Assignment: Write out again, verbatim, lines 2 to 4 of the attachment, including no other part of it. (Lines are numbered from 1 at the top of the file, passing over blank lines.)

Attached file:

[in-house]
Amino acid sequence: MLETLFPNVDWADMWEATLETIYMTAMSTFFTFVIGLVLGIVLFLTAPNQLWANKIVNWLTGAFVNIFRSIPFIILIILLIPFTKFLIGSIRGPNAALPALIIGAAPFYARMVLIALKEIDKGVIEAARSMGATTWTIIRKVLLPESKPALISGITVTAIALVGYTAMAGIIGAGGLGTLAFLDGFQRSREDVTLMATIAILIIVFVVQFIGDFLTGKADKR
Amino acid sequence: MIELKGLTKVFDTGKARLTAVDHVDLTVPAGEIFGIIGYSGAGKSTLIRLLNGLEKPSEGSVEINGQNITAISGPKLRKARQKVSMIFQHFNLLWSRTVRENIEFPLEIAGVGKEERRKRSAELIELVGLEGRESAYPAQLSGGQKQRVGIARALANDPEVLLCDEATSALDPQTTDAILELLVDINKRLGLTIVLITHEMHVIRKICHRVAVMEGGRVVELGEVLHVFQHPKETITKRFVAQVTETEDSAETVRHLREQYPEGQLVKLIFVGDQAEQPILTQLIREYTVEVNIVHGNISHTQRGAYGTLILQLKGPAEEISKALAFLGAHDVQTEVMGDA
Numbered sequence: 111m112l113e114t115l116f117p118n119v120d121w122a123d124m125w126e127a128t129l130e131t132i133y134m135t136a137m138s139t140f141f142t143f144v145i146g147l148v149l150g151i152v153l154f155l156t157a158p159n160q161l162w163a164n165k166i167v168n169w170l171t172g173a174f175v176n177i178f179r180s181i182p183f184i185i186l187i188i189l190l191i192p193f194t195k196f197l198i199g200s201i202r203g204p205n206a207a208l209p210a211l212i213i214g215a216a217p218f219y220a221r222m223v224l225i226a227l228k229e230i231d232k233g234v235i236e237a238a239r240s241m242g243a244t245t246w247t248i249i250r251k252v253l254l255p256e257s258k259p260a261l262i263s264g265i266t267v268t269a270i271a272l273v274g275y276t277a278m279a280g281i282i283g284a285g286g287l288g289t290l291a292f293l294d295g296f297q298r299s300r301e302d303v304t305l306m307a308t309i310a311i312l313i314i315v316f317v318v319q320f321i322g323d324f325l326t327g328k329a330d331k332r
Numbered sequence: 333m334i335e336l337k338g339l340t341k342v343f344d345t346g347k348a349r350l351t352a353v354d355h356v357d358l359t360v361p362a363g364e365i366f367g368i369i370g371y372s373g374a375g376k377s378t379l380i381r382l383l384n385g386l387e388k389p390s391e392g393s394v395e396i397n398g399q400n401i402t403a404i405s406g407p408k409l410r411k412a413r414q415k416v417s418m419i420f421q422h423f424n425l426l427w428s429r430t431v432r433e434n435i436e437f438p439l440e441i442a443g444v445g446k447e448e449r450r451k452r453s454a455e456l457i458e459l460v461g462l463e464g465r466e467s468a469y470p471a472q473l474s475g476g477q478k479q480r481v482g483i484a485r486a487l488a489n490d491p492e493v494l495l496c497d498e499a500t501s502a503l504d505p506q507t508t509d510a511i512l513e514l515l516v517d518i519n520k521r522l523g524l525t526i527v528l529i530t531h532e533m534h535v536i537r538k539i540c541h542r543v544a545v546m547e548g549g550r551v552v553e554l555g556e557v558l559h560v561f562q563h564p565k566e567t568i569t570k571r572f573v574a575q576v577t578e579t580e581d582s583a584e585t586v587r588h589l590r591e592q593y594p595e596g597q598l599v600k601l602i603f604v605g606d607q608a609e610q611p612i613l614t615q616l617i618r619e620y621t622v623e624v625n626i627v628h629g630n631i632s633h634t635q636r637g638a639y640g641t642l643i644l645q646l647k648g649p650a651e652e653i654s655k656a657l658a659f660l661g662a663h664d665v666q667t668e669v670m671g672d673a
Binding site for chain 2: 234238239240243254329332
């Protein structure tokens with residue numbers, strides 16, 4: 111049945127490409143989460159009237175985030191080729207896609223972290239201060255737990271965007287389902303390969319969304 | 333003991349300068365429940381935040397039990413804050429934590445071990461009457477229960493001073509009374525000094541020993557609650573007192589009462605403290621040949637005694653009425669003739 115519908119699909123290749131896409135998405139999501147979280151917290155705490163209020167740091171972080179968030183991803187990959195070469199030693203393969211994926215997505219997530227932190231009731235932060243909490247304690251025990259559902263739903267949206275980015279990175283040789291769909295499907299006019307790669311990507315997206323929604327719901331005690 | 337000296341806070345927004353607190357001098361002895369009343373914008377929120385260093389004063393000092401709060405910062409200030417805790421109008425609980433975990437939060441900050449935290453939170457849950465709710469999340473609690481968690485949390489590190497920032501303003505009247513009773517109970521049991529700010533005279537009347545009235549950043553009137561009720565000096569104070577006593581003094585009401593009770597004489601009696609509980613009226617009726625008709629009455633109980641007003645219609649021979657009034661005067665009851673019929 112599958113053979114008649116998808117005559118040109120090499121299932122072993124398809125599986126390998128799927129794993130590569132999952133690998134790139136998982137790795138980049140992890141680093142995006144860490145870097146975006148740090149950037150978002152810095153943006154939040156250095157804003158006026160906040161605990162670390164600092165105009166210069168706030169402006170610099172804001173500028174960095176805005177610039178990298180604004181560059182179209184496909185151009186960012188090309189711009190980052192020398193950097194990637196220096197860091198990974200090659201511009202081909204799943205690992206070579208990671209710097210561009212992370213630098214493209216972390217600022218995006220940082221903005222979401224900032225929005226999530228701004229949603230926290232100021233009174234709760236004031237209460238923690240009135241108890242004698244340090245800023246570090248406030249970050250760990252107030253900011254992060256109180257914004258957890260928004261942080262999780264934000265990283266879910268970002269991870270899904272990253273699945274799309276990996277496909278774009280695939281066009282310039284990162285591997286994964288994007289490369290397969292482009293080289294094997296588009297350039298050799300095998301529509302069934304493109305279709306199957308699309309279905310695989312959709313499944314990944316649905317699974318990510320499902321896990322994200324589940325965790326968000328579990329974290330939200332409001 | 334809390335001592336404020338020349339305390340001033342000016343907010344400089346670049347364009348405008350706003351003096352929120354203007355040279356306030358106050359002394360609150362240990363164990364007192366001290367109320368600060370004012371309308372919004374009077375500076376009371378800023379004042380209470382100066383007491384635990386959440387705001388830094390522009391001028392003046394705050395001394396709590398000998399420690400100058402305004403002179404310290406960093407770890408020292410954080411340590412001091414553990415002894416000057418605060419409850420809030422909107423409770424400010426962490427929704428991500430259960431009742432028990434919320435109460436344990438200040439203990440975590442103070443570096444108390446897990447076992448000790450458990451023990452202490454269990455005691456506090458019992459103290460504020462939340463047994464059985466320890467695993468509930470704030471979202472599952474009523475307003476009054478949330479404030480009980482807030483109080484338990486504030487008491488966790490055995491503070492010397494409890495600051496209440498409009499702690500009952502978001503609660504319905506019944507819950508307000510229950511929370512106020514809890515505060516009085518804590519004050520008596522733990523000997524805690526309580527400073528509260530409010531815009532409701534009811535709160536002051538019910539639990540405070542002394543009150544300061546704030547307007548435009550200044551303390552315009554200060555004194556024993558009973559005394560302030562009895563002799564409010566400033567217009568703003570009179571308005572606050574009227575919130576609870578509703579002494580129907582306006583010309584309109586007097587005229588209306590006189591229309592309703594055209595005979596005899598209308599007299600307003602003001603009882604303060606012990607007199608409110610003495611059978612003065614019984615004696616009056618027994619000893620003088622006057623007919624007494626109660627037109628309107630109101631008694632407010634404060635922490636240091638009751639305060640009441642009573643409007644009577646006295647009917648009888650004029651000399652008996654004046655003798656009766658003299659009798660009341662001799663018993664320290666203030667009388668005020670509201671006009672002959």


Amino acid sequence: MLETLFPNVDWADMWEATLETIYMTAMSTFFTFVIGLVLGIVLFLTAPNQLWANKIVNWLTGAFVNIFRSIPFIILIILLIPFTKFLIGSIRGPNAALPALIIGAAPFYARMVLIALKEIDKGVIEAARSMGATTWTIIRKVLLPESKPALISGITVTAIALVGYTAMAGIIGAGGLGTLAFLDGFQRSREDVTLMATIAILIIVFVVQFIGDFLTGKADKR
Amino acid sequence: MIELKGLTKVFDTGKARLTAVDHVDLTVPAGEIFGIIGYSGAGKSTLIRLLNGLEKPSEGSVEINGQNITAISGPKLRKARQKVSMIFQHFNLLWSRTVRENIEFPLEIAGVGKEERRKRSAELIELVGLEGRESAYPAQLSGGQKQRVGIARALANDPEVLLCDEATSALDPQTTDAILELLVDINKRLGLTIVLITHEMHVIRKICHRVAVMEGGRVVELGEVLHVFQHPKETITKRFVAQVTETEDSAETVRHLREQYPEGQLVKLIFVGDQAEQPILTQLIREYTVEVNIVHGNISHTQRGAYGTLILQLKGPAEEISKALAFLGAHDVQTEVMGDA
Numbered sequence: 111m112l113e114t115l116f117p118n119v120d121w122a123d124m125w126e127a128t129l130e131t132i133y134m135t136a137m138s139t140f141f142t143f144v145i146g147l148v149l150g151i152v153l154f155l156t157a158p159n160q161l162w163a164n165k166i167v168n169w170l171t172g173a174f175v176n177i178f179r180s181i182p183f184i185i186l187i188i189l190l191i192p193f194t195k196f197l198i199g200s201i202r203g204p205n206a207a208l209p210a211l212i213i214g215a216a217p218f219y220a221r222m223v224l225i226a227l228k229e230i231d232k233g234v235i236e237a238a239r240s241m242g243a244t245t246w247t248i249i250r251k252v253l254l255p256e257s258k259p260a261l262i263s264g265i266t267v268t269a270i271a272l273v274g275y276t277a278m279a280g281i282i283g284a285g286g287l288g289t290l291a292f293l294d295g296f297q298r299s300r301e302d303v304t305l306m307a308t309i310a311i312l313i314i315v316f317v318v319q320f321i322g323d324f325l326t327g328k329a330d331k332r